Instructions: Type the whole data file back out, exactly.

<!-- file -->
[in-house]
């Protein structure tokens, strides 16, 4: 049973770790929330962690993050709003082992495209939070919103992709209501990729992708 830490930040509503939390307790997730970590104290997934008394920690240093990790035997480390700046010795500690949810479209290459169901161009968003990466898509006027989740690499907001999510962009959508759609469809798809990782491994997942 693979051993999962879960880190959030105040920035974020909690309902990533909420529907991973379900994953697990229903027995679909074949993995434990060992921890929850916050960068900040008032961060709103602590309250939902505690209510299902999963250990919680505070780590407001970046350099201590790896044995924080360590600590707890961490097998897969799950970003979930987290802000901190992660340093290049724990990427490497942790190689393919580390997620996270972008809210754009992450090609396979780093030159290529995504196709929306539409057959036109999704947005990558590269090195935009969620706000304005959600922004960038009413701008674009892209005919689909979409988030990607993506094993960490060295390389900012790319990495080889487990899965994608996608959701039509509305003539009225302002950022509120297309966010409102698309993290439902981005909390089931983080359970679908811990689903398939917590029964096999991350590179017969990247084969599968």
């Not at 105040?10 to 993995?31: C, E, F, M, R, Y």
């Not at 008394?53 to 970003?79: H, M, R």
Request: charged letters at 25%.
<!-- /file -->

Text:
[in-house]
């Protein structure tokens, strides 16, 4: 049973770790929330962690993050709003082992495209939070919103992709209501990729992708 830490930040509503939390307790997730970590104290997934008394920690240093990790035997480390700046010795500690949810479209290459169901161009968003990466898509006027989740690499907001999510962009959508759609469809798809990782491994997942 693979051993999962879960880190959030105040920035974020909690309902990533909420529907991973379900994953697990229903027995679909074949993995434990060992921890929850916050960068900040008032961060709103602590309250939902505690209510299902999963250990919680505070780590407001970046350099201590790896044995924080360590600590707890961490097998897969799950970003979930987290802000901190992660340093290049724990990427490497942790190689393919580390997620996270972008809210754009992450090609396979780093030159290529995504196709929306539409057959036109999704947005990558590269090195935009969620706000304005959600922004960038009413701008674009892209005919689909979409988030990607993506094993960490060295390389900012790319990495080889487990899965994608996608959701039509509305003539009225302002950022509120297309966010409102698309993290439902981005909390089931983080359970679908811990689903398939917590029964096999991350590179017969990247084969599968």
């Not at 105040?10 to 993995?31: C, E, F, M, R, Y």
């Not at 008394?53 to 970003?79: H, M, R």
Request: charged letters at 25%.